Aside from traditional Turkish cuisine, you can enjoy a fusion of Mediterranean and Arabic dishes, due to the proximity of both areas. Particular specialities include the Tahinli Piyaz, a salad of dried beans seasoned with crushed sesame seeds and the Kulakli Soup with ingredients of chickpeas and diced meat.
The most popular drink is raki which is usually mixed with water. Despite the hot temperatures of Antalya, tea is consumed in order to refresh, whilst after meals most locals drink Turkish coffee.
Family holidays are made in Antalya. From theme parks, beach trips and days out, there is something for every age.
In the centre of the town is Antalya Aquapark which has all the usual water slides, as well as a pool bar and Jacuzzi bar for the adults.
Another great water park in the area is Troy Aqua Park. It’s got all water slides covered, and as its name suggests, has a theme of ancient Troy which is evident all around the park, from the enormous wooden Trojan horse that gazes over the slides to the mock stone ruins adorning the swimming pools. Next door to the water park is the Troy Dolphinarium.
The nearby low-key resort of Kizilot is also home to a water park Water Planet. There’s a great selection of high-speed flumes and slides, as well as gentle rafting rides to suit everyone.
For a memorable day out, take a Pirate Cruise in the Mediterranean with the children. Your captain will take you to the best swimming spots in the area whilst the kids enjoy some pirate-themed games with the on-board reps.
Antalya is home to many adventure and outdoor activities. From the depths of the warm sea waters to the heights of the Taurus Mountains, there is something for everyone.
Nestled in the mountains is the unique Gold Cable Park, offering wake boarding on a calm lake. The Cable Park pulls boarders using overhead cables from a winch. The Park has background of music to put all boarders in an energetic mood, as well as a jumping pillow to catch the fall of the more adventurous wake boarders. On site there is a restaurant, as well as a children’s playground and a swimming pool.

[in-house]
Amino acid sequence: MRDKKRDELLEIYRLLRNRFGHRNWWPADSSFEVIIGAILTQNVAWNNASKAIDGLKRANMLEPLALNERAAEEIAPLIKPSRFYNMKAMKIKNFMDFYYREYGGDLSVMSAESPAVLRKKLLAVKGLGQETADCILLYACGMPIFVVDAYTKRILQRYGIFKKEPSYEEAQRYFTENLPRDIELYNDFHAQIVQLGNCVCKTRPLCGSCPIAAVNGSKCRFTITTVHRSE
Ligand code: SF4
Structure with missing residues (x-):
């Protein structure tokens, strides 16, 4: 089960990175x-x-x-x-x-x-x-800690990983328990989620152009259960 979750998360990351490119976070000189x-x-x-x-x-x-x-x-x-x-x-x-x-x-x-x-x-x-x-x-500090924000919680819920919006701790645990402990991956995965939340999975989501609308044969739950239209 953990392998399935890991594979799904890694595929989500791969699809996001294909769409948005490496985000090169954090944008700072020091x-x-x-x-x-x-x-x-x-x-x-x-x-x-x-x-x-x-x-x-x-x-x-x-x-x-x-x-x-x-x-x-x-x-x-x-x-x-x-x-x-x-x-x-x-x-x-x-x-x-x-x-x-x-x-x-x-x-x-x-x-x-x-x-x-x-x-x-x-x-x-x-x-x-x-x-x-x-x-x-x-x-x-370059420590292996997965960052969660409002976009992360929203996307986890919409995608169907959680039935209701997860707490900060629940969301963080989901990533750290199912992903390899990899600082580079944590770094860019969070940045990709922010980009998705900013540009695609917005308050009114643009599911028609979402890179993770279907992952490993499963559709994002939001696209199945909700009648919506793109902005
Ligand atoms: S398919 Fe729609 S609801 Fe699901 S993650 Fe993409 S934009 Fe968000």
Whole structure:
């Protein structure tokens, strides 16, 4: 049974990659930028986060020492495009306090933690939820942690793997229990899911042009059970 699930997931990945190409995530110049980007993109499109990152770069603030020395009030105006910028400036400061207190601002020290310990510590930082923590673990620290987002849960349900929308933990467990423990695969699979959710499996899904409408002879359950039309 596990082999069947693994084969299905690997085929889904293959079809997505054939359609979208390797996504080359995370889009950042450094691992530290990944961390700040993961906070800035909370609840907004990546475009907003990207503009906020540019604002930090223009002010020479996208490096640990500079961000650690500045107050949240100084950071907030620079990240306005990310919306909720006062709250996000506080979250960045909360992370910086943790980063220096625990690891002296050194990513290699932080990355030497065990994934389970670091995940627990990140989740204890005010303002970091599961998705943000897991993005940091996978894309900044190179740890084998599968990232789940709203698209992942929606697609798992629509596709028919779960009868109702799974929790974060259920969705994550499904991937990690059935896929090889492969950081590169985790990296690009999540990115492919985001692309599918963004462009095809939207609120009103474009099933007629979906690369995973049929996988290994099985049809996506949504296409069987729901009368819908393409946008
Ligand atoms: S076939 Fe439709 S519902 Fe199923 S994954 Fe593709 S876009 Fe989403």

If you’d prefer to stay dry, then the nearby pine forests at the foot of the Taurus Mountains are good walking areas. The massive collection of mountains begin in Mahmutlar and end up into Georgia. Bring your hiking boots because the highest peak Karaçalı is 2339 metres and is a challenging spot for mountain trekking.
If you can get a licence there are good fishing areas in the Mediterranean. Calamari and octopus are frequent catches and popular with the locals, however a typical catch is; Levrek (sea-trout), Çupra (sea-bass) and Mercan (red coral fish). Meanwhile, in the Köprüçay River swims the Alabalık (trout) which is best enjoyed on the barbecue.
Antalya’s beaches offer much more than a place to sunbathe. From boat trips to turtle spotting, you will get the chance to discover all the sights the Mediterranean Sea has to offer.
Antalya beach has a 22 kilometre stretch of sand so you have a great chance to lay your towel. If you’re visiting the area during the summer months make sure you visit Kizilot to watch sea turtles laying their eggs.